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Tony Dungy and Feasible Furries

When a society is unmoored from any enduring truth about reality, what starts as a punchline quickly becomes plausible. 

02/6/23

John Stonestreet

Timothy D Padgett

Recently, NFL-coach-turned-NBC sports commentator Tony Dungy apologized for spreading a story that turned out to be an online legend, that some American schools were installing litter boxes in their bathrooms to accommodate students who identify as “Furries.” “Furries” refers to people who identify as animals, sometimes dressing and acting like them.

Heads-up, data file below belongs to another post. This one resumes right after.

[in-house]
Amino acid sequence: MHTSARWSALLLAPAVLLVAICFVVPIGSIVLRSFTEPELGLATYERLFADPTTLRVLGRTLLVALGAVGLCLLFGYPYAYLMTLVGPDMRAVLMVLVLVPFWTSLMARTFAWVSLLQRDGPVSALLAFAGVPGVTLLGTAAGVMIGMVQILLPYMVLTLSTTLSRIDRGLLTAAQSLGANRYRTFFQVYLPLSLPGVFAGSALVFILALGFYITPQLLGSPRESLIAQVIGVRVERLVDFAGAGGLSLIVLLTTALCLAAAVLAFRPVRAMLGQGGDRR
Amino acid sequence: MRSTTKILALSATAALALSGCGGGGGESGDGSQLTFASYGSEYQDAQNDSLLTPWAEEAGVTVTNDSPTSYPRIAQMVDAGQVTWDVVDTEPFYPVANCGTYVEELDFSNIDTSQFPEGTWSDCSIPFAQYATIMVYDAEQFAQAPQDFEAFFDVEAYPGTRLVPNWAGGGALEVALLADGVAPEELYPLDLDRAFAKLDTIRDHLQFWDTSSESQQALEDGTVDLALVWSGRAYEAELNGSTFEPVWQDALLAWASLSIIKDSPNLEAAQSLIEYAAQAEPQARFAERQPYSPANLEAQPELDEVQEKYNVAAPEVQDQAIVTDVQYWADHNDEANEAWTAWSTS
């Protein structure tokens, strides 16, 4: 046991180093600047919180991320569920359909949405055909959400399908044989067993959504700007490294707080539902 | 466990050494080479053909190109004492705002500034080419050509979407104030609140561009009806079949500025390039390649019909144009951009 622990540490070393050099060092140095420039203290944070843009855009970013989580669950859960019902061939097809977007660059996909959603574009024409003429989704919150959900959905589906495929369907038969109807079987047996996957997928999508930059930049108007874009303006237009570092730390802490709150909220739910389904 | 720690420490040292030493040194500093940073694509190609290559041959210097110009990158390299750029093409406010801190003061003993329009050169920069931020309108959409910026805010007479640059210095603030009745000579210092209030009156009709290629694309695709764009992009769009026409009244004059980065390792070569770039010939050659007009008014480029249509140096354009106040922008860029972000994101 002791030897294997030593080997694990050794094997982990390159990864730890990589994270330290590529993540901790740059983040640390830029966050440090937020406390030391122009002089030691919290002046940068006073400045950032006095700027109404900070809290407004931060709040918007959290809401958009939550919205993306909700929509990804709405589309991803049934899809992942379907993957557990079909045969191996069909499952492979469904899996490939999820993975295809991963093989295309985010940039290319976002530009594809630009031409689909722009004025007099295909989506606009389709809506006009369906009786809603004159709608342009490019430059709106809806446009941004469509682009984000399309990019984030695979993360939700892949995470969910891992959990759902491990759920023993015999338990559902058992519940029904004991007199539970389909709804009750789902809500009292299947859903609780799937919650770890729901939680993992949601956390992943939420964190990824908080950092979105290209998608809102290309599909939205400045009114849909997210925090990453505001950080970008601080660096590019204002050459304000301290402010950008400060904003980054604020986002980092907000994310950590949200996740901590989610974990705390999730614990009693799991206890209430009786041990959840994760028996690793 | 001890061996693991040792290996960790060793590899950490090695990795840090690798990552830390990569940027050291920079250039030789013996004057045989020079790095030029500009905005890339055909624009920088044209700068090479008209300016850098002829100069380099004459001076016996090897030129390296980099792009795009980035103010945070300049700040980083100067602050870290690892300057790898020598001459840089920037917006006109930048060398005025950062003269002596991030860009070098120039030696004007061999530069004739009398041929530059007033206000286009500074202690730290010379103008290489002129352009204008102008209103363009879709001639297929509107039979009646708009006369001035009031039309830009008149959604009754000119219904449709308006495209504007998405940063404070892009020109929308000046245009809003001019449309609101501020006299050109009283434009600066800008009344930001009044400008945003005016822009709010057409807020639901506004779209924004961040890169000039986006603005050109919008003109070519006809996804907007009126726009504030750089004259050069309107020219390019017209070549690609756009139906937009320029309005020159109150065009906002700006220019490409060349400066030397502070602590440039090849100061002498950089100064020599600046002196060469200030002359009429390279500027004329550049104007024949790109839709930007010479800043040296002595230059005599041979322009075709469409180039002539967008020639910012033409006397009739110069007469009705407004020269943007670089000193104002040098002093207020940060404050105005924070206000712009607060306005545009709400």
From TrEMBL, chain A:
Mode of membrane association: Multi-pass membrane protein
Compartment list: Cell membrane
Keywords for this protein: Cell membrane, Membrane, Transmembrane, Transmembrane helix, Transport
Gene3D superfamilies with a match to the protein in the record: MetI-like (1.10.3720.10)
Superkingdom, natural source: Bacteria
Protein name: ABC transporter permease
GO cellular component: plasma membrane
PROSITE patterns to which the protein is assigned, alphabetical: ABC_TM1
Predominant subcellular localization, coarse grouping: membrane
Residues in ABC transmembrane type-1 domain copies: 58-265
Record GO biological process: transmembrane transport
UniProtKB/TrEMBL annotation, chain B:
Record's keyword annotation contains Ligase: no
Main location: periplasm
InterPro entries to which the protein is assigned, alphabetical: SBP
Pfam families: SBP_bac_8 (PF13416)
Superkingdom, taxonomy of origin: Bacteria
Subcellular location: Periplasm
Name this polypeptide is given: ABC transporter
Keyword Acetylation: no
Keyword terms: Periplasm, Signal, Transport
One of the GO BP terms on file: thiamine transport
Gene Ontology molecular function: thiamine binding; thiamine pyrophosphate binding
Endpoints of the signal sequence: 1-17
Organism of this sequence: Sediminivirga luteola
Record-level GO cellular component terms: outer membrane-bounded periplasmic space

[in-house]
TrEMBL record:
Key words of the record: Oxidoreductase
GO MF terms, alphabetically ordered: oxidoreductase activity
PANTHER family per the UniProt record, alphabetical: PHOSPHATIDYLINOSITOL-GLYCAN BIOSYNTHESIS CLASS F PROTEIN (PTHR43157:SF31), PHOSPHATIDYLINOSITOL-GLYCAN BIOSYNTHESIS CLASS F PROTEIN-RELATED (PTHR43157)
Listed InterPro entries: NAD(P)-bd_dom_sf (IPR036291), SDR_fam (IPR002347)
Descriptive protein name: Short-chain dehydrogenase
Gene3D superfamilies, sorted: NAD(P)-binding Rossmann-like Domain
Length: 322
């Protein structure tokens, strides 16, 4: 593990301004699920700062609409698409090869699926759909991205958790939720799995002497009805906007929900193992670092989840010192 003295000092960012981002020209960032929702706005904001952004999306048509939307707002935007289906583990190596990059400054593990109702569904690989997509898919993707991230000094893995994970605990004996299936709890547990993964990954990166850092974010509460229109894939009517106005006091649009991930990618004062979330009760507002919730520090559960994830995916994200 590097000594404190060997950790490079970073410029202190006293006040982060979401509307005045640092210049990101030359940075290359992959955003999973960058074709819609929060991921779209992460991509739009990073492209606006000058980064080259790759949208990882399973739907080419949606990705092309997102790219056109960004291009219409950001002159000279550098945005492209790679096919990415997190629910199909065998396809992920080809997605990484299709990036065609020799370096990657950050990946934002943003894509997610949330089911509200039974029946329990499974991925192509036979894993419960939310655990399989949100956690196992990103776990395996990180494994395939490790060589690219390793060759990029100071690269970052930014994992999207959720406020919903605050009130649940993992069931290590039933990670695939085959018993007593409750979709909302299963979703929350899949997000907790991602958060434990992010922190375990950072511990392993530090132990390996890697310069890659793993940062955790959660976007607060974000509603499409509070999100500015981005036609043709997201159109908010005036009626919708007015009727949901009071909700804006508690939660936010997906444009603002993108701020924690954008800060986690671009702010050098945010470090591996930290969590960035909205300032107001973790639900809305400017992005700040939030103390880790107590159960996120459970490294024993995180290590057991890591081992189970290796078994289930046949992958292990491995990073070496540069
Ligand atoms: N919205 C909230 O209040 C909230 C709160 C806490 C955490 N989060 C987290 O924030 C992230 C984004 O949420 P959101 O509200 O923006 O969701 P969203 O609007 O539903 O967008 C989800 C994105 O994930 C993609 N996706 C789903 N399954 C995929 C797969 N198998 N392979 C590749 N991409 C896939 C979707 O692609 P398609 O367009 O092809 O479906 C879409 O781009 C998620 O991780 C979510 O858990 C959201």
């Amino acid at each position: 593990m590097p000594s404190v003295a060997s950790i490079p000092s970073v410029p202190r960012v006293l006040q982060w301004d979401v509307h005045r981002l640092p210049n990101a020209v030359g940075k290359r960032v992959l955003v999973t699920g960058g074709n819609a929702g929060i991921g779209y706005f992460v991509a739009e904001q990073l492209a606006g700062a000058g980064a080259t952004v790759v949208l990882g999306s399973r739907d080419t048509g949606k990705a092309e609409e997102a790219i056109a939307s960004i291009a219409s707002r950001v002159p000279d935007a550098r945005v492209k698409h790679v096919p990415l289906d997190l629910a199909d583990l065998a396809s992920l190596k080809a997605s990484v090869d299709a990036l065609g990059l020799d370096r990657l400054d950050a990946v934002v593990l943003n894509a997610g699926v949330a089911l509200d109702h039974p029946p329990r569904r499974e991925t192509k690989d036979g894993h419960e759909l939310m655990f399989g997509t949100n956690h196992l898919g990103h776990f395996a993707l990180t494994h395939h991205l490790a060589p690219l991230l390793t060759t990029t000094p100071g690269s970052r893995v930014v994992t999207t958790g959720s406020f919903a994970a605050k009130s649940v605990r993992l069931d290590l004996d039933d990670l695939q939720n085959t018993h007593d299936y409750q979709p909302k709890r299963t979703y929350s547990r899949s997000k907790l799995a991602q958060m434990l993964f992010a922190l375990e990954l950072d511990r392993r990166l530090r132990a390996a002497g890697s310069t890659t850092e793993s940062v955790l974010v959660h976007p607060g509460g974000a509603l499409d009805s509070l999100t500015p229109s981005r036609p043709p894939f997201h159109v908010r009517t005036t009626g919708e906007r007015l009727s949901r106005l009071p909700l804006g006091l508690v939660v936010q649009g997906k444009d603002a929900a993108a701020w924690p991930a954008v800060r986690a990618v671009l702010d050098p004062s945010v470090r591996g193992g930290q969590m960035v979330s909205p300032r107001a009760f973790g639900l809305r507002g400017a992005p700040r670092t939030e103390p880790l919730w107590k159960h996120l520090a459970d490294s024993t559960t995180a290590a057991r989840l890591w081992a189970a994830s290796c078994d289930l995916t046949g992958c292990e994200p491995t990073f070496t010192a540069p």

I appreciate that Dungy admitted he was misled and owned up to spreading fake news, but the most interesting part of this story is that it was believable, highly believable in fact. In just 20 years, the idea of Furries went from an example on the television show CSI in “Sin City” to tons of TikTok videos and public appearances. It was the lengths to which schools have gone to affirm other previously unthinkable identities that made the litterbox story believable. 

Ideas have consequences. When a society is unmoored from any enduring truth about reality, what starts as a punchline quickly becomes plausible. 

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